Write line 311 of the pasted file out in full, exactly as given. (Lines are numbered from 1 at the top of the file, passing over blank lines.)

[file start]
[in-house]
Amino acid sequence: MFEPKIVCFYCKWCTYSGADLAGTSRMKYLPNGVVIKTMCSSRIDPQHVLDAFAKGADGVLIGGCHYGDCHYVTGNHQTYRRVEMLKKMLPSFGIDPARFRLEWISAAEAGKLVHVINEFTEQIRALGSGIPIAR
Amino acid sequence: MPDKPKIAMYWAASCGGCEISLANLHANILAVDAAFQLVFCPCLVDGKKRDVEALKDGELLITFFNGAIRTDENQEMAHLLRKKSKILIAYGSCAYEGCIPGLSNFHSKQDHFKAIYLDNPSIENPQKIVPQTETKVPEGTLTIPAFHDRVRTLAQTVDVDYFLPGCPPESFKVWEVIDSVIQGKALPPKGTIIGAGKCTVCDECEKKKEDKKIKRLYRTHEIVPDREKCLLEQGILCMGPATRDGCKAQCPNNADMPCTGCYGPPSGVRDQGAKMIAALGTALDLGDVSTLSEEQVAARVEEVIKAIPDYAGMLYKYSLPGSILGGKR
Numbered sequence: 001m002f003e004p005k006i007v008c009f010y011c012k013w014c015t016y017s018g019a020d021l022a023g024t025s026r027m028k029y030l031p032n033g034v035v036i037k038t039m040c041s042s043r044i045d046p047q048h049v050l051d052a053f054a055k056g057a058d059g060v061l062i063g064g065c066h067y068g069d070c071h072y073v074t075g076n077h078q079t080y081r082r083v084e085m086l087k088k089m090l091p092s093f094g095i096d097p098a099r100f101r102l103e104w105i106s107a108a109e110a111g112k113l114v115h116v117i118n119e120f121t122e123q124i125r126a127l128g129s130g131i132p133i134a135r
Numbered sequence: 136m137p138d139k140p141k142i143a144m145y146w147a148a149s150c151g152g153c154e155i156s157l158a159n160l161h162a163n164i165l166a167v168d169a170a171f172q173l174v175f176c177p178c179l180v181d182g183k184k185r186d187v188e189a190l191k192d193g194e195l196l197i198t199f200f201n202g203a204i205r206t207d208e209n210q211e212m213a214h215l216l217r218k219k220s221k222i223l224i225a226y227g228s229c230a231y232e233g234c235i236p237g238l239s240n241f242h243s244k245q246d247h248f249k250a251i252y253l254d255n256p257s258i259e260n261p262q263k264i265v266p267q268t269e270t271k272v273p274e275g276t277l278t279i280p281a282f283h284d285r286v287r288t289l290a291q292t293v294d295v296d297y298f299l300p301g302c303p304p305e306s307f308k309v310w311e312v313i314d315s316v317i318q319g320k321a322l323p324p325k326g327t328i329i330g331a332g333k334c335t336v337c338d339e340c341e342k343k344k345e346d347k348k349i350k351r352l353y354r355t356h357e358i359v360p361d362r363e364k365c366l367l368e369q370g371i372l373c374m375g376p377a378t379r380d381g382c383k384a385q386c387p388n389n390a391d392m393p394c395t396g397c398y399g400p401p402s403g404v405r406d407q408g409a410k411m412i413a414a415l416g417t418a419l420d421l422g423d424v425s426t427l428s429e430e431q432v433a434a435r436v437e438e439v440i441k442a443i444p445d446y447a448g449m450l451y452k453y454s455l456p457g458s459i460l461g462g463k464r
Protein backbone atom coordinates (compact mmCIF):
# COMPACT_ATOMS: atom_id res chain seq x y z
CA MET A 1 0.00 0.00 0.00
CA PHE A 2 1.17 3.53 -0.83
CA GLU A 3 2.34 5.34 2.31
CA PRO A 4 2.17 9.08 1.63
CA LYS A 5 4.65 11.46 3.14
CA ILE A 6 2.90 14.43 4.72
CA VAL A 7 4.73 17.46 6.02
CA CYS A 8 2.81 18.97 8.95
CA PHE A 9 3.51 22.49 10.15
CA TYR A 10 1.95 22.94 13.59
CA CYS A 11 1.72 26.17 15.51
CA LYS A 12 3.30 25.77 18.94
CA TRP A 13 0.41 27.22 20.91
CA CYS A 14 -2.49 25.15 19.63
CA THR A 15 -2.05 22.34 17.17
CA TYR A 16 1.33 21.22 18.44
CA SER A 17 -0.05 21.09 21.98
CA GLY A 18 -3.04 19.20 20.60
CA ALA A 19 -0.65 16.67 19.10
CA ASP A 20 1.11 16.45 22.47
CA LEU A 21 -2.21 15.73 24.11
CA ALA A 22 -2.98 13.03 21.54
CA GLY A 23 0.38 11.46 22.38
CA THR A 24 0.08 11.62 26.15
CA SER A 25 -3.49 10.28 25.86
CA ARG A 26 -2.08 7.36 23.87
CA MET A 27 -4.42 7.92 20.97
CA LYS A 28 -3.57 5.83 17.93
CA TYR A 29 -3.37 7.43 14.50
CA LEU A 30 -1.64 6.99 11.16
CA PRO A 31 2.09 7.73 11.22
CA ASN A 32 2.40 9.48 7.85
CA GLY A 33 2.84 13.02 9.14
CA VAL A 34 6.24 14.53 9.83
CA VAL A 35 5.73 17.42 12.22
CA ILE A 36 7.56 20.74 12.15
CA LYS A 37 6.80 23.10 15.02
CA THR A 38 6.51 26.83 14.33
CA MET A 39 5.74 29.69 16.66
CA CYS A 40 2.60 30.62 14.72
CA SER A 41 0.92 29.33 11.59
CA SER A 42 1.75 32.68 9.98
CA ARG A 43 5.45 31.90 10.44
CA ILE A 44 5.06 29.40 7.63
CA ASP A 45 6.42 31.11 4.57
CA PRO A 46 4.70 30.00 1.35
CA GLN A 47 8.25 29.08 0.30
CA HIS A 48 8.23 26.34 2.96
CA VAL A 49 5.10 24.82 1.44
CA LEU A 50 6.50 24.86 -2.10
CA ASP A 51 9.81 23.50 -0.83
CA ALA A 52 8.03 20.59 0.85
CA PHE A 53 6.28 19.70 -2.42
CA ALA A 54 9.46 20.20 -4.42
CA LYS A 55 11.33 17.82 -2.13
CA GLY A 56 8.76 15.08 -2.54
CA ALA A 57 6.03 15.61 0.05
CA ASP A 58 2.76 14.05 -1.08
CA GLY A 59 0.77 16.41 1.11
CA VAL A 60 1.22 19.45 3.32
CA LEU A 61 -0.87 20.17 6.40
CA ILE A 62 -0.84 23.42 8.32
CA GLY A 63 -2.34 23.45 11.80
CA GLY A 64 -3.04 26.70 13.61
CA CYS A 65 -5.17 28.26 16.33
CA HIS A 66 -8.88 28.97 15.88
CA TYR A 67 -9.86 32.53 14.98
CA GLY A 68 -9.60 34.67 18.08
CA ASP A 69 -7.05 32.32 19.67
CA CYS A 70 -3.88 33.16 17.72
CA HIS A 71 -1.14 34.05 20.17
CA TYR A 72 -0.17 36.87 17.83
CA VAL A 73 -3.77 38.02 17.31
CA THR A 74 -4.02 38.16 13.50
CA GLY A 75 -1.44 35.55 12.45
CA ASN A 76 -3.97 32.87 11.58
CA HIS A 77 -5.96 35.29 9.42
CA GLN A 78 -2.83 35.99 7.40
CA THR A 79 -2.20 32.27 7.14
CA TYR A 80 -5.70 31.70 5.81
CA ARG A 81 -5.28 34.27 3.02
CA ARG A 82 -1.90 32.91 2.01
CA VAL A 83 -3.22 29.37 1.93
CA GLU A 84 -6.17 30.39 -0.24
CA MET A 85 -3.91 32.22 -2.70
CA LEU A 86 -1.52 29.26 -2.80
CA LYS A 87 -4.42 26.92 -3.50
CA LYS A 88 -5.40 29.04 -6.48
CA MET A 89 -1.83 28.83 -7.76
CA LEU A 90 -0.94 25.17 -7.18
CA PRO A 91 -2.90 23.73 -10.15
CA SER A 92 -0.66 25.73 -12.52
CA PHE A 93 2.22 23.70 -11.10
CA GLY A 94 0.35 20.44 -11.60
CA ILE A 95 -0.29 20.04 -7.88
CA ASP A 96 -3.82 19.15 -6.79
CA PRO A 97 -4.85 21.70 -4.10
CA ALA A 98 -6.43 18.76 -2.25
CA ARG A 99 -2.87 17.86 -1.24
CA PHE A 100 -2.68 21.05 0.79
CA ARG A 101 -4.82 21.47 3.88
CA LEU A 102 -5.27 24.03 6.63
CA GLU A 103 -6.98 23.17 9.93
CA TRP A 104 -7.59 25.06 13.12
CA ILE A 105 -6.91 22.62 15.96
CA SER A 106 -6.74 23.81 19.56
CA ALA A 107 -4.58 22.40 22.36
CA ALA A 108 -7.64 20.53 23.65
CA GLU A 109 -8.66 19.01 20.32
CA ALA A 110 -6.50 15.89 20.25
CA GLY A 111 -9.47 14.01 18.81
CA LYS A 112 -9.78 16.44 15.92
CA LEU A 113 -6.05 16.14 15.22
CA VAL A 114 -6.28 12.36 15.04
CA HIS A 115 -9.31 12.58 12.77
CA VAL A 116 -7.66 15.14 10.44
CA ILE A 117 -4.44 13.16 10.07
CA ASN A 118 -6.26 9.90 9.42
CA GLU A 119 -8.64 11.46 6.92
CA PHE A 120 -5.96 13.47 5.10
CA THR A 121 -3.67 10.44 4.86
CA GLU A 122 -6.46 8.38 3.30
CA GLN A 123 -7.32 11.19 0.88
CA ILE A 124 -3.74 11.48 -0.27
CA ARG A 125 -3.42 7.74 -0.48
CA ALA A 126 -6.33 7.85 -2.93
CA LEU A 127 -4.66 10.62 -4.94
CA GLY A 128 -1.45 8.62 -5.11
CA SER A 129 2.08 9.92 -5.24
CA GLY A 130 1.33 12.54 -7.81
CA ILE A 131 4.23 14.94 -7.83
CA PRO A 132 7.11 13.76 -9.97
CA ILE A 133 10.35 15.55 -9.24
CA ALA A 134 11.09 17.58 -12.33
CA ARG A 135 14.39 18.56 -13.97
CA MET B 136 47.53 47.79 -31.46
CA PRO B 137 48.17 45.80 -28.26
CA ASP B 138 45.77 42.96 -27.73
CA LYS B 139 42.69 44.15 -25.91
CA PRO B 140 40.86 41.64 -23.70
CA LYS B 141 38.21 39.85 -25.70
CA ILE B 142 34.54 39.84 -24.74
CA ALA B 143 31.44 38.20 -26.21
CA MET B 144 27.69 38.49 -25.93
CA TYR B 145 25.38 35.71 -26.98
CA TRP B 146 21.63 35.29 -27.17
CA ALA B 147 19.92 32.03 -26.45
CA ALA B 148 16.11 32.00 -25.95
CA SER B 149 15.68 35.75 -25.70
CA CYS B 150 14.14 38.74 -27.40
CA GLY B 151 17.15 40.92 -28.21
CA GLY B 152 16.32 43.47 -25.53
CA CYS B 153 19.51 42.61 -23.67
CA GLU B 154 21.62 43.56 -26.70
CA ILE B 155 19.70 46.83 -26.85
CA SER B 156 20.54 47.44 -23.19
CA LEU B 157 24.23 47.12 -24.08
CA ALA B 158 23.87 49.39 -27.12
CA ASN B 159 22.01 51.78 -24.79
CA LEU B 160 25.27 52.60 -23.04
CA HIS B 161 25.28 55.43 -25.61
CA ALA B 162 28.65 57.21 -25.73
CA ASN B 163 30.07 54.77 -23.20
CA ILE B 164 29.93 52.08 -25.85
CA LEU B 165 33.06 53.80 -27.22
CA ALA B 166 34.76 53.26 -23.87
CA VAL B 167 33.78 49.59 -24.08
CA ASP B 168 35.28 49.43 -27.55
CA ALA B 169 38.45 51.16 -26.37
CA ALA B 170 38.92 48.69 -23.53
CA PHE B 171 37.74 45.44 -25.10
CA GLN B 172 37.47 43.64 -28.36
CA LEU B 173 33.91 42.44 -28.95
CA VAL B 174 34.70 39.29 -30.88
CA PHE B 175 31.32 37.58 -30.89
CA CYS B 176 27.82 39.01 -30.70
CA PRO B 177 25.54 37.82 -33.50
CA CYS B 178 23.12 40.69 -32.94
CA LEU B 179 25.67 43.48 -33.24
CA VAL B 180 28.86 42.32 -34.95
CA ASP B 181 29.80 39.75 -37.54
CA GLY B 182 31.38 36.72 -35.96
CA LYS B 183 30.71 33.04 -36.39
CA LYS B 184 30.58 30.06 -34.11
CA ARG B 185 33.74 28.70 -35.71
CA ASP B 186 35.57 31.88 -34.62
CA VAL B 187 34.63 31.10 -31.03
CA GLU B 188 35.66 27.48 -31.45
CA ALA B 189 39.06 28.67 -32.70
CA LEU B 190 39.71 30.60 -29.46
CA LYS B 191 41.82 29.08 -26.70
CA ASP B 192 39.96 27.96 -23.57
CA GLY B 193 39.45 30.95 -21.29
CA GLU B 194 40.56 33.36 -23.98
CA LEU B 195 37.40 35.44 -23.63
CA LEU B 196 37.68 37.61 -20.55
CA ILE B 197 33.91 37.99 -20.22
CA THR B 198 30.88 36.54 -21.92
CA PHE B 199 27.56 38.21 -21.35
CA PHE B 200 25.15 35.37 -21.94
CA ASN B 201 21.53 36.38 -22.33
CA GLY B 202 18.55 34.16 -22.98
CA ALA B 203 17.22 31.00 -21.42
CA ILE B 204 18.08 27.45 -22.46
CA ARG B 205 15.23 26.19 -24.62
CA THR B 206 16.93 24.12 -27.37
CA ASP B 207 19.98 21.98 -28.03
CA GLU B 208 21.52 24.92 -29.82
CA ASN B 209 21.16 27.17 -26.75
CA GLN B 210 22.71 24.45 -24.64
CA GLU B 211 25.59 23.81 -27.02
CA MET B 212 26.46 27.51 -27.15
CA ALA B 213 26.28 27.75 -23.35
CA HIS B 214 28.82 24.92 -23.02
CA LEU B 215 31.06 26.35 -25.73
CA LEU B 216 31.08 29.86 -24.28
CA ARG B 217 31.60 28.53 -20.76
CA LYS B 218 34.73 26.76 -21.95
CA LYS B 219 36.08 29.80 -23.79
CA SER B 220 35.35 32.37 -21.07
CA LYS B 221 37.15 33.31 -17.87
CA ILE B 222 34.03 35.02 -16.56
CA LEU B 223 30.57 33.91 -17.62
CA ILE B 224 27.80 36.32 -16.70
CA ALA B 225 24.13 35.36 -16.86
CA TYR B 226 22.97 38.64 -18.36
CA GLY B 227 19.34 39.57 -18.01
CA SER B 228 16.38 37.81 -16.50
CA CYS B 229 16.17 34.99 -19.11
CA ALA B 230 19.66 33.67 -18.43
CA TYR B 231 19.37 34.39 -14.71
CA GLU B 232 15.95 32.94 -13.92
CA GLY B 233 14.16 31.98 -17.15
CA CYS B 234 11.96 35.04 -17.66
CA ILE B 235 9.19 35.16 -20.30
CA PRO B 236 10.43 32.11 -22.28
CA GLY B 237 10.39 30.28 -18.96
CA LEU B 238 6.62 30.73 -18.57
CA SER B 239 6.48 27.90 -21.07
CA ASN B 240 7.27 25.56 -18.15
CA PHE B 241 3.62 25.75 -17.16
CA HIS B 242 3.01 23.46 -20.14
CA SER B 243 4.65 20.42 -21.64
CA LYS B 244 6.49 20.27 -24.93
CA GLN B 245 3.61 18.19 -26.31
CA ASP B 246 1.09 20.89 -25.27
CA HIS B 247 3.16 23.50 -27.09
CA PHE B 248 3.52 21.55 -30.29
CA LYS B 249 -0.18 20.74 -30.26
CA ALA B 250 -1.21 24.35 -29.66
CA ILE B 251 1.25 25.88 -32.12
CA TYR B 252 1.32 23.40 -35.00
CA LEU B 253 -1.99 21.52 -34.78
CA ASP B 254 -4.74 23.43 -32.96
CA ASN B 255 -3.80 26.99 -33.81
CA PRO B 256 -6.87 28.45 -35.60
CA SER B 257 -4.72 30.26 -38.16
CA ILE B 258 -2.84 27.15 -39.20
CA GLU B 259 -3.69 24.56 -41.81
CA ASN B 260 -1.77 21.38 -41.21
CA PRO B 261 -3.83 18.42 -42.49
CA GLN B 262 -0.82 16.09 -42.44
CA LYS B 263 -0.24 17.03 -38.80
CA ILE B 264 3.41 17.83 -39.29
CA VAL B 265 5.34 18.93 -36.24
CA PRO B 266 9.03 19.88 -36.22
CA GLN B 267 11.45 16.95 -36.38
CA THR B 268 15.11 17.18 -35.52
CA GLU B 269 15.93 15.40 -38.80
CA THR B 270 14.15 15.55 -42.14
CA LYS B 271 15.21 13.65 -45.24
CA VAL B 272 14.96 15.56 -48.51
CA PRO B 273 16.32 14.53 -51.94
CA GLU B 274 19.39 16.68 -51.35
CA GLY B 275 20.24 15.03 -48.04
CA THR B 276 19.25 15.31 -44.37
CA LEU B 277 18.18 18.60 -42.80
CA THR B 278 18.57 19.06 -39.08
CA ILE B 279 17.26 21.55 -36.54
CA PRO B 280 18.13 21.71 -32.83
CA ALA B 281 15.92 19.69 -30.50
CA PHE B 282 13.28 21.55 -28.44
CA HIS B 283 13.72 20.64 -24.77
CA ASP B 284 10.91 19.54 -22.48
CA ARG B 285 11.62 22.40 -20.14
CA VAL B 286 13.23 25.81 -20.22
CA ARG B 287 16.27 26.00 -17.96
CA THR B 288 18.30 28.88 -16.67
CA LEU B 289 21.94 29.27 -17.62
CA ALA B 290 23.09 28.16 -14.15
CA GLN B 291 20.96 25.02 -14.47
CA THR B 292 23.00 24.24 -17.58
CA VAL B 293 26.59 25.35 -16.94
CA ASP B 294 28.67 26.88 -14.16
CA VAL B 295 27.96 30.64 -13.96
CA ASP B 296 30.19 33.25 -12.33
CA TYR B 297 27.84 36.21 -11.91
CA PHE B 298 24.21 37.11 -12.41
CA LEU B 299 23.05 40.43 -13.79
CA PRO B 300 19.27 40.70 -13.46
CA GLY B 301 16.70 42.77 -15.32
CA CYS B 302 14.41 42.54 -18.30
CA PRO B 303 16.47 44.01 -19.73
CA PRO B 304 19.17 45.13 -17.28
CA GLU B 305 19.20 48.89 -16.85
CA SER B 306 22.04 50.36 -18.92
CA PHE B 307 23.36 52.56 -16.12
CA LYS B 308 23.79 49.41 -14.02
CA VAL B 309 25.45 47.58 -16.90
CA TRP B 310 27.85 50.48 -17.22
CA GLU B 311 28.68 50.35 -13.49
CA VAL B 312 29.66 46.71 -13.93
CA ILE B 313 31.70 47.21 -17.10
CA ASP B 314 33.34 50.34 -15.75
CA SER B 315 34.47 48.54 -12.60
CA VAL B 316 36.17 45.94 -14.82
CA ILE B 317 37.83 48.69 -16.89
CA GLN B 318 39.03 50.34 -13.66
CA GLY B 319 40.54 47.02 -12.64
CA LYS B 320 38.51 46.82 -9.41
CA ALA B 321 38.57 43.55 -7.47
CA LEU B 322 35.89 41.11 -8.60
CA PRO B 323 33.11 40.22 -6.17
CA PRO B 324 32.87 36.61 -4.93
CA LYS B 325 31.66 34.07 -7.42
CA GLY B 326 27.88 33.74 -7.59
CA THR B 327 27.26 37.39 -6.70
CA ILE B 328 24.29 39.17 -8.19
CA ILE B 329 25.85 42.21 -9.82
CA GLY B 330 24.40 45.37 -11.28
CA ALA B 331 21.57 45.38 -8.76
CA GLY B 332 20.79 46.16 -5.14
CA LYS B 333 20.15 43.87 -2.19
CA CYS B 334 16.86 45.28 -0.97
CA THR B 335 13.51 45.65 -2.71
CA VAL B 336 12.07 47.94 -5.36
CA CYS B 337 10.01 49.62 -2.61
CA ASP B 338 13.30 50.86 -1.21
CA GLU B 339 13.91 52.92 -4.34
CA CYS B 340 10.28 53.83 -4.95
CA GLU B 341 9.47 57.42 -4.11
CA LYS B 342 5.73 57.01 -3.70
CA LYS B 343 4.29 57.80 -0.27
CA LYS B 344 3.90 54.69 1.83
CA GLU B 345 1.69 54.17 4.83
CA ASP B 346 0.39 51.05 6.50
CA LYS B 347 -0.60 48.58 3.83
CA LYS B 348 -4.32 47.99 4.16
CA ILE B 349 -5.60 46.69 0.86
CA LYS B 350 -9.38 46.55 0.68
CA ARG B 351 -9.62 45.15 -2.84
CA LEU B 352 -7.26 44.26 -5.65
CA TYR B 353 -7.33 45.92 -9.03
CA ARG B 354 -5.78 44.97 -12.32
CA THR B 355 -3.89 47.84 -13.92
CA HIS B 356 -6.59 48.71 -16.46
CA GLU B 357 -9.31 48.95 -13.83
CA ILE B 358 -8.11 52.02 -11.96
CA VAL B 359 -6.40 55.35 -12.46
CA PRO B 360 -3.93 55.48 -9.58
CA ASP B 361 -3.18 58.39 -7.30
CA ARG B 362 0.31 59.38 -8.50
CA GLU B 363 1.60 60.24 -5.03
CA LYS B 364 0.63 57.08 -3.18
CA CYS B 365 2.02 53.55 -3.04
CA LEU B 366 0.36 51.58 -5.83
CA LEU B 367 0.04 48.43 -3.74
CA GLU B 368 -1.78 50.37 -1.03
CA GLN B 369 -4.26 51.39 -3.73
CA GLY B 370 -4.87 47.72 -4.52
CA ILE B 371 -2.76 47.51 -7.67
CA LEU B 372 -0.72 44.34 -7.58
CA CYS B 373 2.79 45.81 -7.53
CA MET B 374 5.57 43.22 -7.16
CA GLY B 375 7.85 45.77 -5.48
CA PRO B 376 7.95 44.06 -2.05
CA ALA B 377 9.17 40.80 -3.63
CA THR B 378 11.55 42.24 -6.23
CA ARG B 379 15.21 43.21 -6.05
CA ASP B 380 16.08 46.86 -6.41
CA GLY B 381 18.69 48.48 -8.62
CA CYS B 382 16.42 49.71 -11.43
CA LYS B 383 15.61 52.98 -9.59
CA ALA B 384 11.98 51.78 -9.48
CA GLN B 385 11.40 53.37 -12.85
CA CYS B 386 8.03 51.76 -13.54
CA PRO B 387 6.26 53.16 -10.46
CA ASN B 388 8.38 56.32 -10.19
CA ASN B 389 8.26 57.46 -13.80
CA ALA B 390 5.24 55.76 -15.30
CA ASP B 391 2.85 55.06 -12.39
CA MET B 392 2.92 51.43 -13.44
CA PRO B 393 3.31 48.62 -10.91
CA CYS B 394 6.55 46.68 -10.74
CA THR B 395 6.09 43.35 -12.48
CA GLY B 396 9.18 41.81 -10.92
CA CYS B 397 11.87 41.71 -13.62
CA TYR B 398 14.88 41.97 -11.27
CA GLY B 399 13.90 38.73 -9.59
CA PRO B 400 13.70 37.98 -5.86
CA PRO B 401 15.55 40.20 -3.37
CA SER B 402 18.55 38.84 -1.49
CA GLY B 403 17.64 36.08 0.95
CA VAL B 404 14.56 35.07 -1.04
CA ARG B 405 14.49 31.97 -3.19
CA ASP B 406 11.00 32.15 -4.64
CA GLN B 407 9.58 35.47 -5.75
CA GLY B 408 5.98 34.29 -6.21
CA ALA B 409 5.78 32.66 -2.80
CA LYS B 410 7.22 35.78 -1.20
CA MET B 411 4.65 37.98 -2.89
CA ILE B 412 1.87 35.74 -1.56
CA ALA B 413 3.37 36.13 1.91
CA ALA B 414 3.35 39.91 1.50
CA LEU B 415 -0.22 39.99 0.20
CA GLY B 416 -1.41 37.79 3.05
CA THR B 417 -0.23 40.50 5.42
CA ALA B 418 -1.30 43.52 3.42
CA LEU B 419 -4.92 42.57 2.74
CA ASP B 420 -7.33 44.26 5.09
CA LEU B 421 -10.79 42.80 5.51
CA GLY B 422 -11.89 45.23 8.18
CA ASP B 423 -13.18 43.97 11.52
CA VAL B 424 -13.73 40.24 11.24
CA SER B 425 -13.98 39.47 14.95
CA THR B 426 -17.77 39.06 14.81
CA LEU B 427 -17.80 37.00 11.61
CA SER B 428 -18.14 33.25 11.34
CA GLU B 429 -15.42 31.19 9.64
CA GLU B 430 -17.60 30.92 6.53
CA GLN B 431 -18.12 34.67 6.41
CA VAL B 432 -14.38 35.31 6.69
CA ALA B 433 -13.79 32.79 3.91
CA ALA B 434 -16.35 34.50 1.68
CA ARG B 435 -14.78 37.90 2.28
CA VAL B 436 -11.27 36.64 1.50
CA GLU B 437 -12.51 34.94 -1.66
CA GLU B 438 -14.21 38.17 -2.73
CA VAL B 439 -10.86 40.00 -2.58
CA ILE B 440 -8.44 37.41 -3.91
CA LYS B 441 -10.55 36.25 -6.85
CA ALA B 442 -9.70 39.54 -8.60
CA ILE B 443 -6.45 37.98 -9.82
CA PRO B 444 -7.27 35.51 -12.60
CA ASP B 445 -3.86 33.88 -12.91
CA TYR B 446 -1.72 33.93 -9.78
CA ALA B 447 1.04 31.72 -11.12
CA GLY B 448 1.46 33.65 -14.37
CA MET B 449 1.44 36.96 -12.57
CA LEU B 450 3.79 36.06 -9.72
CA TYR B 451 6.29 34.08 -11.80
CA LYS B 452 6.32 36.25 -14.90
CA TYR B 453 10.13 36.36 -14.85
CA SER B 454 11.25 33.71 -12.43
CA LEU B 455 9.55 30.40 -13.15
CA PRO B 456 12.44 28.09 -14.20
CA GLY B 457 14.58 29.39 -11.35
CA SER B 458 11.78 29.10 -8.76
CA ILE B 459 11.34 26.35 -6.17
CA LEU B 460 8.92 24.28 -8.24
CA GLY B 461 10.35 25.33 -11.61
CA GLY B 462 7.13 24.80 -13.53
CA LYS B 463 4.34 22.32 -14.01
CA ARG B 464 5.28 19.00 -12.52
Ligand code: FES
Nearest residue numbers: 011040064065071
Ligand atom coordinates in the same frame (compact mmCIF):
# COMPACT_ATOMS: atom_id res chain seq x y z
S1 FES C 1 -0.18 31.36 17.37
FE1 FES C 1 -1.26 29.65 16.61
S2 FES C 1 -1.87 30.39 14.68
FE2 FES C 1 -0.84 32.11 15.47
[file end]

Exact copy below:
CA PRO B 304 19.17 45.13 -17.28